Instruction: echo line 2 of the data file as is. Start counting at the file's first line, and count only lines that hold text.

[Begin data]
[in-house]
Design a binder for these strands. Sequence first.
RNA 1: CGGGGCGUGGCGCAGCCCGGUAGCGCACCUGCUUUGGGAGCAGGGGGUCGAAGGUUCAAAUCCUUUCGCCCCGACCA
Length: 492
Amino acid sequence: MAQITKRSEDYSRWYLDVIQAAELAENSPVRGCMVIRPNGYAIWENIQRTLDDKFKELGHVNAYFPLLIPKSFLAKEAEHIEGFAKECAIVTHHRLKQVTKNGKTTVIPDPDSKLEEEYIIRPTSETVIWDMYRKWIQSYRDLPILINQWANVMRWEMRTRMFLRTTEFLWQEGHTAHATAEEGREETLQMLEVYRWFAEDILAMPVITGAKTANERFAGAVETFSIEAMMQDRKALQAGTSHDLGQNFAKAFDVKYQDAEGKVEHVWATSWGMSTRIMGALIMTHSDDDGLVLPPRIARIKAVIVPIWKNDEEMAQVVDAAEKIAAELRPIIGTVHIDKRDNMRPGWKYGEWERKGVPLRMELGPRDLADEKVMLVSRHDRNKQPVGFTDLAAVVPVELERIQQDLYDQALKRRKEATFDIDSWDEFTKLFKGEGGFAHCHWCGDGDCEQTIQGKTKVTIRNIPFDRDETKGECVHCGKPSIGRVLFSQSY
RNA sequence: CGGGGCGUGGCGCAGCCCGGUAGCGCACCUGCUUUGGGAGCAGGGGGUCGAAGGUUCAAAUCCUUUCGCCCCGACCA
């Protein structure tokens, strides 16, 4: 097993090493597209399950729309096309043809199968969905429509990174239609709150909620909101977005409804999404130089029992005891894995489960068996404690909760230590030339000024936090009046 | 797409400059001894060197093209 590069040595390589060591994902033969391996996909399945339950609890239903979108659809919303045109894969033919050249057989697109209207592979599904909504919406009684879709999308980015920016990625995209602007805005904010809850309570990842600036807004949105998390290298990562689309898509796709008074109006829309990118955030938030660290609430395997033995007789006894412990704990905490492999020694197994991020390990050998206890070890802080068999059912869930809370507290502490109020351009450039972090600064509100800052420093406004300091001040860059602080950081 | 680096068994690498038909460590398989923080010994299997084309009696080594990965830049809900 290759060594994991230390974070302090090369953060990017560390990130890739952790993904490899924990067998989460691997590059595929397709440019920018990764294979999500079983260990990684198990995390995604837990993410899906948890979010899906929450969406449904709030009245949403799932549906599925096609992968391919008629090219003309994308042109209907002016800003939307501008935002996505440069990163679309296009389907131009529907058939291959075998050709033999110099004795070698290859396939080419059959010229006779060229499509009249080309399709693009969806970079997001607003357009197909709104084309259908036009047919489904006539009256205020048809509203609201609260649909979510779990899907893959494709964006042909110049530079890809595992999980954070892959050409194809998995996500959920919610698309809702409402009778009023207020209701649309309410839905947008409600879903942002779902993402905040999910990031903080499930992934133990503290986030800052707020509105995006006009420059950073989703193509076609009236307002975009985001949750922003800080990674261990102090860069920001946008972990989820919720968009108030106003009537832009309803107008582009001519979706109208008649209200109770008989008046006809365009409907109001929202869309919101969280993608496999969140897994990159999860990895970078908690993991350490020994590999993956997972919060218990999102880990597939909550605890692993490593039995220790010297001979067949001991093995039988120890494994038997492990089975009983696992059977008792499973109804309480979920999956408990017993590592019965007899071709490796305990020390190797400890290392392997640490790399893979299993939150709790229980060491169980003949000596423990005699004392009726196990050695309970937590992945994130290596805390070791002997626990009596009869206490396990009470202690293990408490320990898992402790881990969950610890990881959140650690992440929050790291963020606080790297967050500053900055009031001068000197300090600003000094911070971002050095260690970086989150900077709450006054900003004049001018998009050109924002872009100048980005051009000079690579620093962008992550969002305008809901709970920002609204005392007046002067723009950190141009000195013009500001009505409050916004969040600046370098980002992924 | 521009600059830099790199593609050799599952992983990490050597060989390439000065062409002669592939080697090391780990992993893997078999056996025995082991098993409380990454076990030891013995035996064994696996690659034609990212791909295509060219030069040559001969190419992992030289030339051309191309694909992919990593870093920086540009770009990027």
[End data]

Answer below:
Design a binder for these strands. Sequence first.